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Summer Camp in the Fall: Familes Try to Break Up Monotony

Posted at 5:45 AM, Oct 06, 2020
and last updated 2020-10-06 05:45:03-04

LANSING, Mich. — The first day of October might seem like an odd time to talk about summer camp. But one business has found a way to keep its operation running overtime during COVID. Dan Grossman shows us how it’s also allowing kids and adults to break up the monotony of working from home.

“Um trying to figure this thing out… It’s going to be annoying” By his very own admission Stan Coerr isn’t very good at this. “Actually, I’m kind of embarrassed. This is the first Zoom call I’ve ever done” He is exceptionally talented- however- at allowing his kids a chance to do something different in an age where everything seems to be the same.

“I told my boys this won’t be the worst thing you go through but it will probably be the weirdest, and as much as I can get them out and doing things as a family, which is kind of rare these days, I will definitely take that opportunity.”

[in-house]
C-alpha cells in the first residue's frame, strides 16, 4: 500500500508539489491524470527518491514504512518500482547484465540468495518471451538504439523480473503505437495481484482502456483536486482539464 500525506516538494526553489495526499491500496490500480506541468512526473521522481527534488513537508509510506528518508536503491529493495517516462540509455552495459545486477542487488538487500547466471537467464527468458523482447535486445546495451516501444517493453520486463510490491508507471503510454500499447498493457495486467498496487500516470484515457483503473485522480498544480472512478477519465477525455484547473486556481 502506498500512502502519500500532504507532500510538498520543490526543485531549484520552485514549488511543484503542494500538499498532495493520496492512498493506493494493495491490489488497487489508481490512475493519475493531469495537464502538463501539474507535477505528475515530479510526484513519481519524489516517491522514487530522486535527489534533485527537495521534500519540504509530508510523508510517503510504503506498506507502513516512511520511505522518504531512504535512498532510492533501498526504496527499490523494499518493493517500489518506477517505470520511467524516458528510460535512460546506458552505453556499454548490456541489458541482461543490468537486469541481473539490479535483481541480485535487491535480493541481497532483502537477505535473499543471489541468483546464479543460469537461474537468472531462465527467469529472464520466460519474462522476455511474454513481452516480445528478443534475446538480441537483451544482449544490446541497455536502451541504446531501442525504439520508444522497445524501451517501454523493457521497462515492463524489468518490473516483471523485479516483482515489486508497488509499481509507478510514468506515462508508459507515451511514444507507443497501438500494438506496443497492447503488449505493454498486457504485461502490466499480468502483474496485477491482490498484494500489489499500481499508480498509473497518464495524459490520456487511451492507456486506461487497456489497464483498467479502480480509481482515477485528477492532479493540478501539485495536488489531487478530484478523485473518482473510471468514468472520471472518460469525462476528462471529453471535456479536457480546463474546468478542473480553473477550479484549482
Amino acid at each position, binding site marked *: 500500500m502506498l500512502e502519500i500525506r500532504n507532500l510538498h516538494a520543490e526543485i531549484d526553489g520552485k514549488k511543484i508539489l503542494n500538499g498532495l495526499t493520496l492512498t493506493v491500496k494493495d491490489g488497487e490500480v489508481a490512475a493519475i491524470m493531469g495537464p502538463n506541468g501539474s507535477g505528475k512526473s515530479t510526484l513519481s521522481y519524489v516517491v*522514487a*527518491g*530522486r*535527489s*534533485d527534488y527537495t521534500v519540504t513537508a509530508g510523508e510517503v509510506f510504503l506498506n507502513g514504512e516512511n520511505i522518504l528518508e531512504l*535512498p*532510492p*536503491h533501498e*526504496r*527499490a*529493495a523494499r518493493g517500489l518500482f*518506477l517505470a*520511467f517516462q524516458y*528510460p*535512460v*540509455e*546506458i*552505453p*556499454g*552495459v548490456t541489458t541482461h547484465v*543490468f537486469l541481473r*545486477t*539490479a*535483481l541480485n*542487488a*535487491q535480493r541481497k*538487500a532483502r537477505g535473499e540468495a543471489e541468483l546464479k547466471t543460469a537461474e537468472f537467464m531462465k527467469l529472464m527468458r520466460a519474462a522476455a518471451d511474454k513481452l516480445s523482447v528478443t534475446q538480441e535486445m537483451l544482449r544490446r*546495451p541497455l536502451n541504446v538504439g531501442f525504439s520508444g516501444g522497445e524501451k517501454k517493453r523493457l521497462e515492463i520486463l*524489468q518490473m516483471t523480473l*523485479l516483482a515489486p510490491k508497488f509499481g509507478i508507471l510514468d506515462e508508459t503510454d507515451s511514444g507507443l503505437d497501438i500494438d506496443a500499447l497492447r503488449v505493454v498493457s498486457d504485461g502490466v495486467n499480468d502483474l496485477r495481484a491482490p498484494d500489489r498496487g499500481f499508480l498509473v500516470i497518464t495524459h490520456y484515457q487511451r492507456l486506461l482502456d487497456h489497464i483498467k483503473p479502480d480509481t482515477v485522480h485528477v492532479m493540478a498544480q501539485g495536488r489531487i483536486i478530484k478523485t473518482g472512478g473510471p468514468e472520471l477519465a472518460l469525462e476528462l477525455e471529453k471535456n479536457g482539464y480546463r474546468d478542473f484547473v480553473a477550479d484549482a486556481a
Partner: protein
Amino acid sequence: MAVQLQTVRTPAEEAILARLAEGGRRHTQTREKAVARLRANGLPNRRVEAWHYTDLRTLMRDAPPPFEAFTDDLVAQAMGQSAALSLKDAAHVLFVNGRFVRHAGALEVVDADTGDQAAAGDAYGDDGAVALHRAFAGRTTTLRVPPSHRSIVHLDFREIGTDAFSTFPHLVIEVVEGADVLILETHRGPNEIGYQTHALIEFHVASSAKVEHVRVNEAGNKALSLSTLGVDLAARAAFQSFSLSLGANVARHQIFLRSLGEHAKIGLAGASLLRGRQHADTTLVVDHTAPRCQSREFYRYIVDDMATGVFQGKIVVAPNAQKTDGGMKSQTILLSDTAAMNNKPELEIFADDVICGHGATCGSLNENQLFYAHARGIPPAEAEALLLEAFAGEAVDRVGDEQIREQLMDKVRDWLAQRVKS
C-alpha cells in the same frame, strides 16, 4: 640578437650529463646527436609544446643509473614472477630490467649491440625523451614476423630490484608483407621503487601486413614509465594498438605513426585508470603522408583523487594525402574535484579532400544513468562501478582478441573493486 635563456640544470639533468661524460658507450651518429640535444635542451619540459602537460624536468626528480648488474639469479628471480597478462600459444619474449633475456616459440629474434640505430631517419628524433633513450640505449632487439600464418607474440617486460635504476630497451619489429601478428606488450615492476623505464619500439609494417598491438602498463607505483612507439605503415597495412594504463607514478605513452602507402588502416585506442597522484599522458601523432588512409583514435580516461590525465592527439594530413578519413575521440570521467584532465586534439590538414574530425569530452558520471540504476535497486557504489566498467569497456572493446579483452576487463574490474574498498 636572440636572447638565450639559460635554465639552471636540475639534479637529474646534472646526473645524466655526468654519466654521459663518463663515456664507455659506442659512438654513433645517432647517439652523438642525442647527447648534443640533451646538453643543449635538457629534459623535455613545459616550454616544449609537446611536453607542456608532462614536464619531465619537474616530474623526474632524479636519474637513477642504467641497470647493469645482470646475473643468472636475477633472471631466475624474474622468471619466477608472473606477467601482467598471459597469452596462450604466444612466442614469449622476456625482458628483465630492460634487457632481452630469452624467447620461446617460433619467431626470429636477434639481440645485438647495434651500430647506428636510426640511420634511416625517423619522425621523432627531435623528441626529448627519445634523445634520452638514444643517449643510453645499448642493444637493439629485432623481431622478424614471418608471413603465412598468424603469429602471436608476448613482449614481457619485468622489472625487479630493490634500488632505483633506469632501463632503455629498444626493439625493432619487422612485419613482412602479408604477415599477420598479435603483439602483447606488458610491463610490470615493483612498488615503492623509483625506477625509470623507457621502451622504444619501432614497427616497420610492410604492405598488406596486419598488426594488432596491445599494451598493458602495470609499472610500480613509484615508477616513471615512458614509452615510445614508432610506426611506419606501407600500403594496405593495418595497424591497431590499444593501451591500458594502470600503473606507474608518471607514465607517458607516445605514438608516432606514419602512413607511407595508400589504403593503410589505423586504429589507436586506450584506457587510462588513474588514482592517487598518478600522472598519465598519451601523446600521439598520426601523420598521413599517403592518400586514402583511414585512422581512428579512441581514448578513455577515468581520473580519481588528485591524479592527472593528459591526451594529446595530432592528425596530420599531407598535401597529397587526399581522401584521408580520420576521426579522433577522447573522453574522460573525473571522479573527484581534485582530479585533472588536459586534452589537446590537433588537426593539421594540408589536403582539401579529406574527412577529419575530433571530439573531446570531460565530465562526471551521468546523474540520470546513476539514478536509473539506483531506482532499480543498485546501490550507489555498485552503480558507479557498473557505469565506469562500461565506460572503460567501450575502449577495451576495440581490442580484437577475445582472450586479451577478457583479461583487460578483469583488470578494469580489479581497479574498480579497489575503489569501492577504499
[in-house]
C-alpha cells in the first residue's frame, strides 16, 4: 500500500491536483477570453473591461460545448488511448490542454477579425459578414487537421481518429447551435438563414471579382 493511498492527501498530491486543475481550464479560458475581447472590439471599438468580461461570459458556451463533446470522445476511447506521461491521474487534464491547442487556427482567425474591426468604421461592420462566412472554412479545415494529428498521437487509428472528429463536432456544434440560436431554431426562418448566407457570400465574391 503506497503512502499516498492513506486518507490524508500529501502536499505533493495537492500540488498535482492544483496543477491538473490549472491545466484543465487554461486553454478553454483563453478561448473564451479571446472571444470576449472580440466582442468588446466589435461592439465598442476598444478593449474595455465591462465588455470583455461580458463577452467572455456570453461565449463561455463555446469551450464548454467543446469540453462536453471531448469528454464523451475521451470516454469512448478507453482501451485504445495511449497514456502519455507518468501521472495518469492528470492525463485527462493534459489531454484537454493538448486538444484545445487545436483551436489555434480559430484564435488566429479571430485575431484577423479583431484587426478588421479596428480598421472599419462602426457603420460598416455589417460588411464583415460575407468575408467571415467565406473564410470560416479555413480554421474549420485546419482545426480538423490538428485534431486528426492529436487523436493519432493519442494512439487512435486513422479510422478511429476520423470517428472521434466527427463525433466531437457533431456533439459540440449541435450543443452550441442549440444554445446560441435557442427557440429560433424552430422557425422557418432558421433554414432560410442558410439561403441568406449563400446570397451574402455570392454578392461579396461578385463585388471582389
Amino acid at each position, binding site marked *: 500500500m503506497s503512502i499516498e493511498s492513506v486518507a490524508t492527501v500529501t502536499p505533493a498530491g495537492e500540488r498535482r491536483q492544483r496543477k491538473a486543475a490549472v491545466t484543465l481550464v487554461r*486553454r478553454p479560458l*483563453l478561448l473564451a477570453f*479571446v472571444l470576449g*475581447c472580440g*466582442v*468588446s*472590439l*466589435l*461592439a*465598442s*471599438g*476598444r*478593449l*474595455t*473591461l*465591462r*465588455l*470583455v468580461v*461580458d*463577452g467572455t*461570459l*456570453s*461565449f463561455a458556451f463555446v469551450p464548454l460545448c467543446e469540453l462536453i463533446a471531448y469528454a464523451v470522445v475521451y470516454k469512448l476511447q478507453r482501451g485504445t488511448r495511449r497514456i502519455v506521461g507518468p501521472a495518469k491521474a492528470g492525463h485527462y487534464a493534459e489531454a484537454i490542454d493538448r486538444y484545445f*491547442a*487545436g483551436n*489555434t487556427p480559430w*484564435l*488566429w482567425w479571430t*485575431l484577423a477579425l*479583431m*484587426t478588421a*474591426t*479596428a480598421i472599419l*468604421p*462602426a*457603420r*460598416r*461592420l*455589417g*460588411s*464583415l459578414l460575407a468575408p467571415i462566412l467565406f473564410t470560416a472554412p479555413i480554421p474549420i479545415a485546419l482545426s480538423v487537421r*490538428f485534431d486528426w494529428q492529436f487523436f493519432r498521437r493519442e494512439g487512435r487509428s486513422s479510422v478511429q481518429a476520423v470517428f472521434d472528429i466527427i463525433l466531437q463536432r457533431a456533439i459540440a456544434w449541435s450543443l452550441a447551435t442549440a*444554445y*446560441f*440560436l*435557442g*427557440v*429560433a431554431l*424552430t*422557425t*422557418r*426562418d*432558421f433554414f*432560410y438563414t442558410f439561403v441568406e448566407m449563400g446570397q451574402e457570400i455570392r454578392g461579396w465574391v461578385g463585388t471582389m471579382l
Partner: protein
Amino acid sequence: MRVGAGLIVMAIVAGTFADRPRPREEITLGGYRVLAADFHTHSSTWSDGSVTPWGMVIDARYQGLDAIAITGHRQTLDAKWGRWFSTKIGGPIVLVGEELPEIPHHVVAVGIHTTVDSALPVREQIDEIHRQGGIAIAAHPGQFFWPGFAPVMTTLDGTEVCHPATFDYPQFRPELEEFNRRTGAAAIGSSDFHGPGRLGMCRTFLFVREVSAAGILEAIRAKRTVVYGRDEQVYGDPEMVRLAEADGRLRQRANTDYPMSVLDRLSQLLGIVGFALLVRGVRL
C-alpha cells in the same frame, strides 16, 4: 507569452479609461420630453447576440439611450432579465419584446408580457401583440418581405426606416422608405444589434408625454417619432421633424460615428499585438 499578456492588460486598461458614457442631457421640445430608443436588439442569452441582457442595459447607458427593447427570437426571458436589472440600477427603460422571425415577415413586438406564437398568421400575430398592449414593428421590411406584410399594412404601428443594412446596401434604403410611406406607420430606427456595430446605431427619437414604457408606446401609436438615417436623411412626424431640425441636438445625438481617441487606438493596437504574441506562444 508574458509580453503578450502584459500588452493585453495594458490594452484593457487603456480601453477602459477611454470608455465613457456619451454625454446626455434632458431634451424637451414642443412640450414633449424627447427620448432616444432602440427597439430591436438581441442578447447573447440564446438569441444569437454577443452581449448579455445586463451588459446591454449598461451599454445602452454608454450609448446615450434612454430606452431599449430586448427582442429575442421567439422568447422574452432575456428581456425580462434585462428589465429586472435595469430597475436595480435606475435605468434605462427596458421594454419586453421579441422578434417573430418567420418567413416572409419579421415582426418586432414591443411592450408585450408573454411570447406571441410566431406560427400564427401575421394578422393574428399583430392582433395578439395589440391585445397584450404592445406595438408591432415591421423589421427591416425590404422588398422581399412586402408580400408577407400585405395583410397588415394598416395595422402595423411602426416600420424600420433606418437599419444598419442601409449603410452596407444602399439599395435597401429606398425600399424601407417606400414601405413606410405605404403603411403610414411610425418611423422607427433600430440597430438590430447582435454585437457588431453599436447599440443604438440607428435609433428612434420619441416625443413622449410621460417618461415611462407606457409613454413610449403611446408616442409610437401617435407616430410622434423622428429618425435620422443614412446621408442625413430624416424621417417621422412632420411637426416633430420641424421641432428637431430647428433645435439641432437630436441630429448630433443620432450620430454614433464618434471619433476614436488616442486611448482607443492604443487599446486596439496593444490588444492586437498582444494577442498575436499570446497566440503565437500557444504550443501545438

For 40 years Stan has gone to camp Sea Gull in North Carolina- first as a camper, then as a counselor, and now as a dad who is trying to show his kids a different COVID experience after he heard the camp was opening up to families who want to get away.

“To me this is giving a lot of our parents and students some hope in breaking up whenever their school started.” The idea was Allison Simmons’. She’s been the camp’s director for the last 16 years- and when COVID hit she found her business squarely in the precarious position so many others did as well.

“We sold out in about 3 days for our 5 one weeks programs we designed”

The camp shared this video showing how with the help of counselors like Easie and Samantha here - the camp opened up socially distant activities like boating, fishing, jet-skiing and archery so families could do something different after spending time in the bunks working or learning remotely.

“This is one son, this is my youngest, Tanner. This is his study spot.” For Stan that means his three sons can do their school work- with a pretty nice view - while he gets to tend to his job working for the Pentagon.

“They’re all sitting in their rooms by themselves for 6 or 8 hours a day in front of a screen and that’s just not normal for kids” He says he’s noticed they’re now more attentive to their work- and bicker less as brothers tend to do.

“We were blown away that 75% of our audience was brand new to camp” It’s also allowed Allison’s business to flourish as they’ve now found a new niche in clientele.

“You can probably see this better than I can- there’s so much glare” Who may or may not have a better Zoom acumen than Stan.

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